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XML Schema Editor

About: XML Schema Editor is a research topic. Over the lifetime, 6274 publications have been published within this topic receiving 115424 citations.


Papers
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Proceedings ArticleDOI
03 Jun 2002
TL;DR: This paper shows that XML's ordered data model can indeed be efficiently supported by a relational database system, and proposes three order encoding methods that can be used to represent XML order in the relational data model, and also proposes algorithms for translating ordered XPath expressions into SQL using these encoding methods.
Abstract: XML is quickly becoming the de facto standard for data exchange over the Internet. This is creating a new set of data management requirements involving XML, such as the need to store and query XML documents. Researchers have proposed using relational database systems to satisfy these requirements by devising ways to "shred" XML documents into relations, and translate XML queries into SQL queries over these relations. However, a key issue with such an approach, which has largely been ignored in the research literature, is how (and whether) the ordered XML data model can be efficiently supported by the unordered relational data model. This paper shows that XML's ordered data model can indeed be efficiently supported by a relational database system. This is accomplished by encoding order as a data value. We propose three order encoding methods that can be used to represent XML order in the relational data model, and also propose algorithms for translating ordered XPath expressions into SQL using these encoding methods. Finally, we report the results of an experimental study that investigates the performance of the proposed order encoding methods on a workload of ordered XML queries and updates.

2,402 citations

Proceedings Article
11 Sep 2001
TL;DR: This paper proposes a new algorithm, Cupid, that discovers mappings between schema elements based on their names, data types, constraints, and schema structure, using a broader set of techniques than past approaches.
Abstract: Schema matching is a critical step in many applications, such as XML message mapping, data warehouse loading, and schema integration. In this paper, we investigate algorithms for generic schema matching, outside of any particular data model or application. We first present a taxonomy for past solutions, showing that a rich range of techniques is available. We then propose a new algorithm, Cupid, that discovers mappings between schema elements based on their names, data types, constraints, and schema structure, using a broader set of techniques than past approaches. Some of our innovations are the integrated use of linguistic and structural matching, context-dependent matching of shared types, and a bias toward leaf structure where much of the schema content resides. After describing our algorithm, we present experimental results that compare Cupid to two other schema matching systems.

1,533 citations

Patent
26 Apr 2004
TL;DR: In this paper, a method to convert data between a relational format and an XML document, by creating a set of XML Mapping Definition from metadata, selecting relational data from a relational application database, and converting the relational data to the XML document using the set of mapping definitions, is presented.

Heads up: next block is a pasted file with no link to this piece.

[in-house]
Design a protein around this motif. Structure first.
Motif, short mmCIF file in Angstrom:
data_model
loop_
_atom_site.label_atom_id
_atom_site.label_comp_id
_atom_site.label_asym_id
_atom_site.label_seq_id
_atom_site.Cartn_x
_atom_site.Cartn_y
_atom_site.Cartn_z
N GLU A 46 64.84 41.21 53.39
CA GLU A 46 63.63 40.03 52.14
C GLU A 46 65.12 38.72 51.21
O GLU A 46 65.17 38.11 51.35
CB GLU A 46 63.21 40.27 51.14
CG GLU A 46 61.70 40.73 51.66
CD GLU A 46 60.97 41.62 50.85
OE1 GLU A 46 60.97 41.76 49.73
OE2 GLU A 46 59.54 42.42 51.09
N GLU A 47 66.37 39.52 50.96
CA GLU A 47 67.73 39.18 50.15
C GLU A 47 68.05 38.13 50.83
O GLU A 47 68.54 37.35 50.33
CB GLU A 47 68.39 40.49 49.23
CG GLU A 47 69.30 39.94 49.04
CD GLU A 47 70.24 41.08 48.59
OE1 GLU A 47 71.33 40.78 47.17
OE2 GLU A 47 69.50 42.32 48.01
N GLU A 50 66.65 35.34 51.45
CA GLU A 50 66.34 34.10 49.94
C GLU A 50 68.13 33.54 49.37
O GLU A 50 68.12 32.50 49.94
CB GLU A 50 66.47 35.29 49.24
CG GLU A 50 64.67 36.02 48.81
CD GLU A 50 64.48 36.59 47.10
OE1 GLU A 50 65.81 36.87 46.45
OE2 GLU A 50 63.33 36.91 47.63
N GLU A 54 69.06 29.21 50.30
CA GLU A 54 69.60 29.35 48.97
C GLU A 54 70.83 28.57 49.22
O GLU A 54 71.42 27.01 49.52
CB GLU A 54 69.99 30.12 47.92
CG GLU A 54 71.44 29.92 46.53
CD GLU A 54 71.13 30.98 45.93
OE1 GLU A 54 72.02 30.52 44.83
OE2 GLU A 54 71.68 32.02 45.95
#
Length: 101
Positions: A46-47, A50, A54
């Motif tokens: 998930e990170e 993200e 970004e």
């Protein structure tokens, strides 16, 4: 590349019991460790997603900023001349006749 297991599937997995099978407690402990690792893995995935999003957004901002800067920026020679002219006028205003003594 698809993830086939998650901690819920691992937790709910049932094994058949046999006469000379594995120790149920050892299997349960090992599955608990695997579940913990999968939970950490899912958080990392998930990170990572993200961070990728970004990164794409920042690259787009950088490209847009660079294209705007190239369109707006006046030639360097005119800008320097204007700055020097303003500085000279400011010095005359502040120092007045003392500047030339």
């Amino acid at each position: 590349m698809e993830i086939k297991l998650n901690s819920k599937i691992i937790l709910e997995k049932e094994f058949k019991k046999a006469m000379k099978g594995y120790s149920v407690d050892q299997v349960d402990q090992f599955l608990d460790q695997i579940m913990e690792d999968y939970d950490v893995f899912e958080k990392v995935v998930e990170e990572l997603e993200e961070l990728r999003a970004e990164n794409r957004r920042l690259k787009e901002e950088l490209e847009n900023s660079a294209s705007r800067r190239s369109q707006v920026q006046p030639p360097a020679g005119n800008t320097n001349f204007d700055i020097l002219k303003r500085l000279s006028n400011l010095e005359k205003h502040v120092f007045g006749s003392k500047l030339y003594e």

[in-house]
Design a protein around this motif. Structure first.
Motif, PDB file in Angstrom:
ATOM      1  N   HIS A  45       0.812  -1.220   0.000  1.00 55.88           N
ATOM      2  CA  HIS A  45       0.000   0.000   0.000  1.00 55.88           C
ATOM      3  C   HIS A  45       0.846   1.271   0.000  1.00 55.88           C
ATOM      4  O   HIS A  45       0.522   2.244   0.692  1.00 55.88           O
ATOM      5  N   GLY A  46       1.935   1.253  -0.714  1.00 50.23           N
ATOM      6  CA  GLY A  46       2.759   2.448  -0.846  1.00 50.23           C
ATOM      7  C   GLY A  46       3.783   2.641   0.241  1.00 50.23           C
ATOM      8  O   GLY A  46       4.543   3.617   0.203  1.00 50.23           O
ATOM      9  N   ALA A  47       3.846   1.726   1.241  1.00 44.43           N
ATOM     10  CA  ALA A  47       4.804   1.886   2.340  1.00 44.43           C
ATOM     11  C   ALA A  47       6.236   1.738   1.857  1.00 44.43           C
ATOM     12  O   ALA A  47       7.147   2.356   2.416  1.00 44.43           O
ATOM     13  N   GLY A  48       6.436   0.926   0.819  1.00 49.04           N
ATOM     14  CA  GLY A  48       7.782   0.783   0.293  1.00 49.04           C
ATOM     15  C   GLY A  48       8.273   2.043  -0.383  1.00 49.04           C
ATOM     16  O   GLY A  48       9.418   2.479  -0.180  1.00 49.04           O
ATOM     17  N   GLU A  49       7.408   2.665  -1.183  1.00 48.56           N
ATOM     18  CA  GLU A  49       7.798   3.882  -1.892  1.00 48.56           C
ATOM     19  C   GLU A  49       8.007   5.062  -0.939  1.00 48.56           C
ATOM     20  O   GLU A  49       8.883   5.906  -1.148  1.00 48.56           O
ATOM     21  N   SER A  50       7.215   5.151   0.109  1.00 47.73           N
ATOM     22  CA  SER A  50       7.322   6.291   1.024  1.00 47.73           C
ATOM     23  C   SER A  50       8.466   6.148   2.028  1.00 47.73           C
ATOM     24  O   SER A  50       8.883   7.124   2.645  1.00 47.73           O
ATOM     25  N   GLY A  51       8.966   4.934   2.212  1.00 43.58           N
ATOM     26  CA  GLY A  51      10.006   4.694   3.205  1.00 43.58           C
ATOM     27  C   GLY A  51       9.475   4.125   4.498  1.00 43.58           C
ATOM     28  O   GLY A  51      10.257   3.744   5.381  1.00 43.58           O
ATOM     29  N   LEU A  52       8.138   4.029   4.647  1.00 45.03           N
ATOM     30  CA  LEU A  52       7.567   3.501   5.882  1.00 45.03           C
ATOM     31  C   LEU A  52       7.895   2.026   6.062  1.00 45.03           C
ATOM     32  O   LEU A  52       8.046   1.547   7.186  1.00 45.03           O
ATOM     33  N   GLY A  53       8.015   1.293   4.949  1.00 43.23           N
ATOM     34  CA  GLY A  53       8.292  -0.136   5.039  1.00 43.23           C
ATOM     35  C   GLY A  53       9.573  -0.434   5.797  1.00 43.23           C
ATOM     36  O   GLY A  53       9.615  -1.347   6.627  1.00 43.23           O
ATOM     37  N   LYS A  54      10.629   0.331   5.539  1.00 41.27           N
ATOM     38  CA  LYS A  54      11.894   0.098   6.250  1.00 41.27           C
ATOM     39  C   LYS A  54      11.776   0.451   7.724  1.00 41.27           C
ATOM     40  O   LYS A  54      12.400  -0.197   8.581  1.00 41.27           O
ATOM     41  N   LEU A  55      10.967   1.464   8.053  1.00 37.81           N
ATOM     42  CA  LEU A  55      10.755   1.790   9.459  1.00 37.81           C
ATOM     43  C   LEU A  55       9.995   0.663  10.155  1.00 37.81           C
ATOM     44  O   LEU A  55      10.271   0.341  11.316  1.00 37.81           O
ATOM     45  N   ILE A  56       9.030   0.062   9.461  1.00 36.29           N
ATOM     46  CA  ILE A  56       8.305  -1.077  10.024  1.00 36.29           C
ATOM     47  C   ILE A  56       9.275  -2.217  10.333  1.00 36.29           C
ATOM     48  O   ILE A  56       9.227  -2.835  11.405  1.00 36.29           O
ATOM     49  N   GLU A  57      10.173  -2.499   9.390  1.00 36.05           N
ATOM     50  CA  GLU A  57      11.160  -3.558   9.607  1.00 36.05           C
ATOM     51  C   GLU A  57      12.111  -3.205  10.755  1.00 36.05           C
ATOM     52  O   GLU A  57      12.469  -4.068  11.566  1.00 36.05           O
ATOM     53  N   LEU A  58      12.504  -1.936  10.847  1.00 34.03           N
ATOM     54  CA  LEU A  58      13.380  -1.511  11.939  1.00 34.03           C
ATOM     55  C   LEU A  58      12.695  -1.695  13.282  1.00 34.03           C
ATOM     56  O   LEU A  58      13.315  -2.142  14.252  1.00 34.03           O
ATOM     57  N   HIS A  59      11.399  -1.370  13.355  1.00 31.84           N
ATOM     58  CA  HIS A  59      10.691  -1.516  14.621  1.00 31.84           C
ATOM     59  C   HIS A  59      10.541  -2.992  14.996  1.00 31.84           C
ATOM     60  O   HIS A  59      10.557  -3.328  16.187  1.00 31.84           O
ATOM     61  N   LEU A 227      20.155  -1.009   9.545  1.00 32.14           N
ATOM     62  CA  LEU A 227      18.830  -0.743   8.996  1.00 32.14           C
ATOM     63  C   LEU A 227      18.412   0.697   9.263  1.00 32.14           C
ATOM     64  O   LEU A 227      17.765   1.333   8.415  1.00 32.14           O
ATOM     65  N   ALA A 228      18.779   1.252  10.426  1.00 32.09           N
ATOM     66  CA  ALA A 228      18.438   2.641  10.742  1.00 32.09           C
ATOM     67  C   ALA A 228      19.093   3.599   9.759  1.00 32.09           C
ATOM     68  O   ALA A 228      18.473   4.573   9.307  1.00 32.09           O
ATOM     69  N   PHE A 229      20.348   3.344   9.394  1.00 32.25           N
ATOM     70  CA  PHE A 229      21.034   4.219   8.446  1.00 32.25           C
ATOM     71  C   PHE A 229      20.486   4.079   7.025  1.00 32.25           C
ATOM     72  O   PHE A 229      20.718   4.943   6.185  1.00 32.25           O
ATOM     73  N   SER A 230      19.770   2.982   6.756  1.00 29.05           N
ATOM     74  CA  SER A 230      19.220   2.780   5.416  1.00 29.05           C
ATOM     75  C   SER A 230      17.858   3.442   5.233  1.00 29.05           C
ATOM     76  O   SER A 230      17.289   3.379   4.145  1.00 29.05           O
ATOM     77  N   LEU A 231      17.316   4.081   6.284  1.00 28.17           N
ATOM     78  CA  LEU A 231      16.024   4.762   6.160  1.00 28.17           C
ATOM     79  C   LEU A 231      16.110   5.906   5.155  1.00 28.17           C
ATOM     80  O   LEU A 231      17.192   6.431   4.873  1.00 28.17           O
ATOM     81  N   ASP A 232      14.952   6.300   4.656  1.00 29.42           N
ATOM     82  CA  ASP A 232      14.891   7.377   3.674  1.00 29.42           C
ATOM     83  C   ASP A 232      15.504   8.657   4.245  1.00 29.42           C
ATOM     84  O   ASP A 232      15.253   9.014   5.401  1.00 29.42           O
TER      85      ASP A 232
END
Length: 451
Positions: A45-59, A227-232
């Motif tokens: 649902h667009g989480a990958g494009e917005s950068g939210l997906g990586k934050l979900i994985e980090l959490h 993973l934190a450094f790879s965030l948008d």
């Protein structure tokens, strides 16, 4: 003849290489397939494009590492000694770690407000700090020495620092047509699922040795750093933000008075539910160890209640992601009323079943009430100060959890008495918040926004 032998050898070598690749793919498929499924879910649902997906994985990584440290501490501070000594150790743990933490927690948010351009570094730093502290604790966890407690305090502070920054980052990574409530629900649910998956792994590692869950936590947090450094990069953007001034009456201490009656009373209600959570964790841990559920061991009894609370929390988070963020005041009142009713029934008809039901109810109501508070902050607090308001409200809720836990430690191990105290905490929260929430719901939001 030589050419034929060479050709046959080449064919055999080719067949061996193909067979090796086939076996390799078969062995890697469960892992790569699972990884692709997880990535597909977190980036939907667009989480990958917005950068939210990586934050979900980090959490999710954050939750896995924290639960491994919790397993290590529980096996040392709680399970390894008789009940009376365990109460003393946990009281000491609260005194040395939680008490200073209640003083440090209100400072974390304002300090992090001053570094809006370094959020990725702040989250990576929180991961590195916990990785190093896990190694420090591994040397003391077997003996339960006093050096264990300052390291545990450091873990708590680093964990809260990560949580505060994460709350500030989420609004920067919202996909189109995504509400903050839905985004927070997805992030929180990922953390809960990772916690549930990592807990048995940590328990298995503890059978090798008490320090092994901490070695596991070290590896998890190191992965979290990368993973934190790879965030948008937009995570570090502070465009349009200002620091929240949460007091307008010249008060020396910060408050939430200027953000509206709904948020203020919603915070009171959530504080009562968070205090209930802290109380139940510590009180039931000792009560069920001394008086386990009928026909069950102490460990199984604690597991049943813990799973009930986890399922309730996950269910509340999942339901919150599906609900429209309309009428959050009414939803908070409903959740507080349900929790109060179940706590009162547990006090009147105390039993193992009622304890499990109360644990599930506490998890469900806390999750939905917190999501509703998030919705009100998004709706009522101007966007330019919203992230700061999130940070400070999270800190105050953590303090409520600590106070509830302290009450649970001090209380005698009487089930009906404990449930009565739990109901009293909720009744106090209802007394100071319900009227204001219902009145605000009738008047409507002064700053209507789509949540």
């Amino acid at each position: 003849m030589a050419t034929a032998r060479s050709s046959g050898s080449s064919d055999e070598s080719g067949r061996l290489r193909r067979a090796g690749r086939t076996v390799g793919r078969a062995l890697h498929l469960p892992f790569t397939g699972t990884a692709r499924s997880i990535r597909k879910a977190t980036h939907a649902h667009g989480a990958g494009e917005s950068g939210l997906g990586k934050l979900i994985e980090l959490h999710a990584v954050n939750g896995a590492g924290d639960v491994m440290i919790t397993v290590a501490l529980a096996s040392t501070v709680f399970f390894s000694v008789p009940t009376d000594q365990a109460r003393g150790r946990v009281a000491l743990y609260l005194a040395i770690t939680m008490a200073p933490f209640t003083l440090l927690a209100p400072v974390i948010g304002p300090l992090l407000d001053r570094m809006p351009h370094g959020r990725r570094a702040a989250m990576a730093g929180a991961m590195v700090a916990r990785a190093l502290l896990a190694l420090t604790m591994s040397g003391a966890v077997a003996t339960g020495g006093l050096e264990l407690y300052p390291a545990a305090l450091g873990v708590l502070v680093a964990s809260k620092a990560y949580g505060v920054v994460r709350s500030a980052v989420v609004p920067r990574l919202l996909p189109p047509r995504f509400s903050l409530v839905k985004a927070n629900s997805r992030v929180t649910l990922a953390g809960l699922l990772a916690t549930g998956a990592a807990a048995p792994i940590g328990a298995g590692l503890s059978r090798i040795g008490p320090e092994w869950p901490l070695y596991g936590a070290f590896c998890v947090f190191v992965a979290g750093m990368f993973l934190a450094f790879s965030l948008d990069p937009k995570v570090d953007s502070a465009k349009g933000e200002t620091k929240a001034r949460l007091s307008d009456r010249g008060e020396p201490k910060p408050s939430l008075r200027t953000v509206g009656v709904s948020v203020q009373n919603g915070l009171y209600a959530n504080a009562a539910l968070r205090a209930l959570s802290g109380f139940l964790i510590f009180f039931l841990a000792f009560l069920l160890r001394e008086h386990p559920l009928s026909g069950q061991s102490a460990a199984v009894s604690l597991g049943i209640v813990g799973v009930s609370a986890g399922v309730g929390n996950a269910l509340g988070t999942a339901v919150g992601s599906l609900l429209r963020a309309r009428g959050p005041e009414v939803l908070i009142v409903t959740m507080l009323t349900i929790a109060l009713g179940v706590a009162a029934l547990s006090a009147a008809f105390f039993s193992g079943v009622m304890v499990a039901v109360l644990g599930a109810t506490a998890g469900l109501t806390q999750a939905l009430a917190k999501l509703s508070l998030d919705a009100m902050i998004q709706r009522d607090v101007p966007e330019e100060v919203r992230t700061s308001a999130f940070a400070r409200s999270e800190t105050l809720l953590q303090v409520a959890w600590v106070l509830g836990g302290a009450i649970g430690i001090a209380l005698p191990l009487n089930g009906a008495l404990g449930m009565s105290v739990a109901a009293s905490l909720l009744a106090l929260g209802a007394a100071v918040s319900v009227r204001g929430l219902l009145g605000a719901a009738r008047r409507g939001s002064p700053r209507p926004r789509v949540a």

Abstract: A method to convert data between a relational format and an XML document, by creating a set of XML Mapping Definition from metadata; selecting relational data from a relational application database, and converting the relational data to the XML document using the set of XML Mapping Definition.

1,233 citations

Book
21 Oct 1999
TL;DR: A Syntax for Data: Typing semistructured data and the Lore system and database products supporting XML are explained.
Abstract: 1 Introduction 2 A Syntax for Data 3 XML 4 Query Languages 5 Query Languages for XML 6 Interpretation and advanced features 7 Typing semistructured data 8 Query Processing 9 The Lore system 10 Strudel 11 Database products supporting XML

1,195 citations

Proceedings Article
07 Sep 1999
TL;DR: It turns out that the relational approach can handle most (but not all) of the semantics of semi-structured queries over XML data, but is likely to be effective only in some cases.
Abstract: XML is fast emerging as the dominant standard for representing data in the World Wide Web. Sophisticated query engines that allow users to effectively tap the data stored in XML documents will be crucial to exploiting the full power of XML. While there has been a great deal of activity recently proposing new semistructured data models and query languages for this purpose, this paper explores the more conservative approach of using traditional relational database engines for processing XML documents conforming to Document Type Descriptors (DTDs). To this end, we have developed algorithms and implemented a prototype system that converts XML documents to relational tuples, translates semi-structured queries over XML documents to SQL queries over tables, and converts the results to XML. We have qualitatively evaluated this approach using several real DTDs drawn from diverse domains. It turns out that the relational approach can handle most (but not all) of the semantics of semi-structured queries over XML data, but is likely to be effective only in some cases. We identify the causes for these limitations and propose certain extensions to the relational model that would make it more appropriate for processing queries over XML documents.

1,111 citations


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Performance
Metrics
No. of papers in the topic in previous years
YearPapers
20235
202211
20201
20186
201744
201678